Winds the like of which Western Nevada has not seen in two years are expected to blast through the area late tonight, according to the National Weather Service, with as much as eight-tenths of an inch of rain forecast later in the week.
In a statement issued Tuesday afternoon, forecasters said widespread winds of 35-55 mph are expected, with gusts of 60-75 mph, with localized gusts of up to 90 mph in wind prone locations.
“We have not had a wind event like this since early 2012,” meteorologists said. The wind advisory was set for 10 p.m. Wednesday through 4 a.m. Friday as the storm moved in from the Gulf of Alaska.
Strong winds with the potential to cause damage are expected. Hazardous driving conditions are expected for high-profile vehicles traveling along Highway 395 or Interstate 80.
The National Weather Service has issued a winter storm watch for the Sierra with 1-3 feet of snow possible above 7,000 feet. Snow levels are expected to drop to 5,000-5,500 feet on Thursday night, with some bands lowering snow levels to lake level early on Thursday.
“Questions remain regarding (how) fast snow levels will fall in this storm,” meteorologists said. “The differences in the forecast … cast doubt on snow amounts in the Sierra and Northeast California below 7,000 feet. If snow levels fall fast enough, the Sierra valleys below 7,000 feet could see significant snowfall … but if the snow levels fall slower, snowfall amounts will be much less.”
Wind and snow could combine for local blizzard conditions on the highest passes. Damage to trees, power lines, property and holiday decorations are all possible with the strong storm.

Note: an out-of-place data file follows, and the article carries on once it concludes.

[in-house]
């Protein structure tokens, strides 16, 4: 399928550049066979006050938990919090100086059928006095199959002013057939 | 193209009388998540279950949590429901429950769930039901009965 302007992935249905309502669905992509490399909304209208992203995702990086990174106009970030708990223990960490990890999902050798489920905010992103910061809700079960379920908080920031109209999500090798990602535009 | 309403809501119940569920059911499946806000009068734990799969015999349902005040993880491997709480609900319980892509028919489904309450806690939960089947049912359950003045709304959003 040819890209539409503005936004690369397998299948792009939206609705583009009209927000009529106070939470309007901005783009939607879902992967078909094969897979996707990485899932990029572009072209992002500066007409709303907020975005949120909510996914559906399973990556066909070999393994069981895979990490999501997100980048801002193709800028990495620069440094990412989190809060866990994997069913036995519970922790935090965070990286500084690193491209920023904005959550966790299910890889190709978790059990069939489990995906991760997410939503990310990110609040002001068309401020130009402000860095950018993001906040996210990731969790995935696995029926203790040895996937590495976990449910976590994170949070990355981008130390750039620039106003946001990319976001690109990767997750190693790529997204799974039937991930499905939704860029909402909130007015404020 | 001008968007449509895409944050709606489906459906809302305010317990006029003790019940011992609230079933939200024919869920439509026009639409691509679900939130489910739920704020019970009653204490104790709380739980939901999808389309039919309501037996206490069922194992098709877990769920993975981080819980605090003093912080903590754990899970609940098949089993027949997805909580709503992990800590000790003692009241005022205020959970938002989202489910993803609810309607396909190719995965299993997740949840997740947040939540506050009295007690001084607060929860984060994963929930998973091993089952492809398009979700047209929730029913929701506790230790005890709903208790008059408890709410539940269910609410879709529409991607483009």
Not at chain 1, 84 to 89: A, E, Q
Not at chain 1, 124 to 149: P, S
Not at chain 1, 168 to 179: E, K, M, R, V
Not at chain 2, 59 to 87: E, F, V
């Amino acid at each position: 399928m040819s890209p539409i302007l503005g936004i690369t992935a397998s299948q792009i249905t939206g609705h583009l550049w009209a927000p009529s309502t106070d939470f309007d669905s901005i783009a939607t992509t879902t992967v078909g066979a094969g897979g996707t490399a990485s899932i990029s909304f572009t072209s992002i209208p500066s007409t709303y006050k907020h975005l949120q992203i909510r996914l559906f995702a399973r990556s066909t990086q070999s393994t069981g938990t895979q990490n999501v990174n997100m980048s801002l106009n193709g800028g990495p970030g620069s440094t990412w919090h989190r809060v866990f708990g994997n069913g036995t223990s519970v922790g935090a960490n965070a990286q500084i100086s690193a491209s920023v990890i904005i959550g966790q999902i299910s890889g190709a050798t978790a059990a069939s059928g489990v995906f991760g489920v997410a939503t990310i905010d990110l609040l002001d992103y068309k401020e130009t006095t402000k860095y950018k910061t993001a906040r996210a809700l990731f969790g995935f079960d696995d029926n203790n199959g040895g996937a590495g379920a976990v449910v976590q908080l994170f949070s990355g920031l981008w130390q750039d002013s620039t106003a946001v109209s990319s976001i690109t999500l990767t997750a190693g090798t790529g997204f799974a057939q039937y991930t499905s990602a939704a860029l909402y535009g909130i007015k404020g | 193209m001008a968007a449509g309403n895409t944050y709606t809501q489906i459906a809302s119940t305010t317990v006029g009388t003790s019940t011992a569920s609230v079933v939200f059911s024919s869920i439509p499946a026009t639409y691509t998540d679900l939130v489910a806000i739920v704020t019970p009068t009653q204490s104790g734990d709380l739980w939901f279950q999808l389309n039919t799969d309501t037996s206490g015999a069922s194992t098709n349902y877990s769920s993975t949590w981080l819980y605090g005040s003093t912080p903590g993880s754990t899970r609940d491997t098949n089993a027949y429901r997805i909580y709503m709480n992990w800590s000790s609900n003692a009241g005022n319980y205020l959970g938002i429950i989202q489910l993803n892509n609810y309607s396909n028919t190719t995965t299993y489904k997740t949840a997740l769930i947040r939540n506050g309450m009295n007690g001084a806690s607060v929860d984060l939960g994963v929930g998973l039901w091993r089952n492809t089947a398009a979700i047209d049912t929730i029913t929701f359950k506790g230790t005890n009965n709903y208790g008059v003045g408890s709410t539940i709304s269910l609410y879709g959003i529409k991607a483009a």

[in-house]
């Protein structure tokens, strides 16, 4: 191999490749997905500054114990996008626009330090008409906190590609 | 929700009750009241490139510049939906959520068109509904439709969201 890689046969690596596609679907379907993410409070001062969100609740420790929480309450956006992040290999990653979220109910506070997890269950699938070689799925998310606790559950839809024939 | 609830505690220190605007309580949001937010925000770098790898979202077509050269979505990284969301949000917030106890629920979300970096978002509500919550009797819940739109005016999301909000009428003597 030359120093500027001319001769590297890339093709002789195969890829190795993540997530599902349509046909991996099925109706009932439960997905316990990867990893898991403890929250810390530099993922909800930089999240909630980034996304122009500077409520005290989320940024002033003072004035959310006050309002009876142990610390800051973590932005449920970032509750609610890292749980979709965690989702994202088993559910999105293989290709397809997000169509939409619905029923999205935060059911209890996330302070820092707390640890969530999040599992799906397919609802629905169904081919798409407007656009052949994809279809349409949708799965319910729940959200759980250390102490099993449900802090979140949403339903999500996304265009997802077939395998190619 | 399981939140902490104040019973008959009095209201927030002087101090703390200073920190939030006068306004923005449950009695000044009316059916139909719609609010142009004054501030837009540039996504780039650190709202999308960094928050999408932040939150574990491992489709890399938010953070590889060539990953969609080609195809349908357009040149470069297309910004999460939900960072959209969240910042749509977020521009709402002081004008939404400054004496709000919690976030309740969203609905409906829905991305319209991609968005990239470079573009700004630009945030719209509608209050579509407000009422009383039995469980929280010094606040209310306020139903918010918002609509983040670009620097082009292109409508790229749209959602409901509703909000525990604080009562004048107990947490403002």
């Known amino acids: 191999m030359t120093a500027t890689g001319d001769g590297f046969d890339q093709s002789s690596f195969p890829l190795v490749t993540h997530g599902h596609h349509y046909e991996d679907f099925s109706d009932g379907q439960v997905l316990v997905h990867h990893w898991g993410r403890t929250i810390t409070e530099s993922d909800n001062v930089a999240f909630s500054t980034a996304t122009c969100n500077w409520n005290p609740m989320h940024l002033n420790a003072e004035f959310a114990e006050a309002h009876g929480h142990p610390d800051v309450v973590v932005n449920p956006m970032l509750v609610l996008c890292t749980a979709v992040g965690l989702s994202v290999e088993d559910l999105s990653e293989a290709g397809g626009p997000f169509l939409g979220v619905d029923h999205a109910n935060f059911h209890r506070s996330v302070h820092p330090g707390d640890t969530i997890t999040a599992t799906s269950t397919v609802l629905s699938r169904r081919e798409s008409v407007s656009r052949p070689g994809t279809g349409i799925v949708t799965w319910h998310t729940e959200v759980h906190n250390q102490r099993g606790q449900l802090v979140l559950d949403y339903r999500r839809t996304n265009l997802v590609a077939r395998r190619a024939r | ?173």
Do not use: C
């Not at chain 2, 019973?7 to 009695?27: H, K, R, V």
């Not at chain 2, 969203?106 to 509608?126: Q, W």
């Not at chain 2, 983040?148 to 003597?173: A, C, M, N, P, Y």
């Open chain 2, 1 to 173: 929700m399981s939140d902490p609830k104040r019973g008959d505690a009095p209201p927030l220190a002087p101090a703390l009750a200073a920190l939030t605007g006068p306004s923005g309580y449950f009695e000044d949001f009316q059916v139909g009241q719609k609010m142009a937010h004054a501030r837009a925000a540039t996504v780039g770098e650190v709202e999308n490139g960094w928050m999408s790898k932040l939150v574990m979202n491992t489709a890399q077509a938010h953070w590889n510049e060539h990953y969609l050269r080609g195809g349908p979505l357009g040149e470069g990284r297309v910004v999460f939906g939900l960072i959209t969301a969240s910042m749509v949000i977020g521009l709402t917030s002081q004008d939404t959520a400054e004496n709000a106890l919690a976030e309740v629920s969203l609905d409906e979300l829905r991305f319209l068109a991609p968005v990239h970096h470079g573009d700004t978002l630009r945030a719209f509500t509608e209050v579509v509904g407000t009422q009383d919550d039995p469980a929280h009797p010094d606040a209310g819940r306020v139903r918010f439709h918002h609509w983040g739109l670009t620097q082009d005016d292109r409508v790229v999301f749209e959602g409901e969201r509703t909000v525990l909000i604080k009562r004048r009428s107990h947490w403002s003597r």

“Falling and blowing snow with strong winds and poor visibility are likely,” the warning said. “This will lead to whiteout conditions, making travel extremely dangerous. Do not travel. If you must travel have a winter survival kit with you. If you get stranded, stay with your vehicle.”
In Carson City, Thursday during the day, there’s a 20 percent chance of rain. That chance becomes 100 percent Thursday night. The Weather Service said rain is likely to continue into Friday before changing to snow. The Weather Service stated the storm could bring as much as eight-tenths of an inch of rain to the area.
The storm is expected to clear Saturday.
Ahead of the storm, the NWS issued a high wind and flash flood warning in preparation for a strong storm headed to the San Francisco Bay Area.
The National Weather Service in Monterey, Calif., said this storm is “expected to be one of the strongest storms in terms of wind and rain intensity” since storms in Oct., 2009 and Jan., 2008, respectively.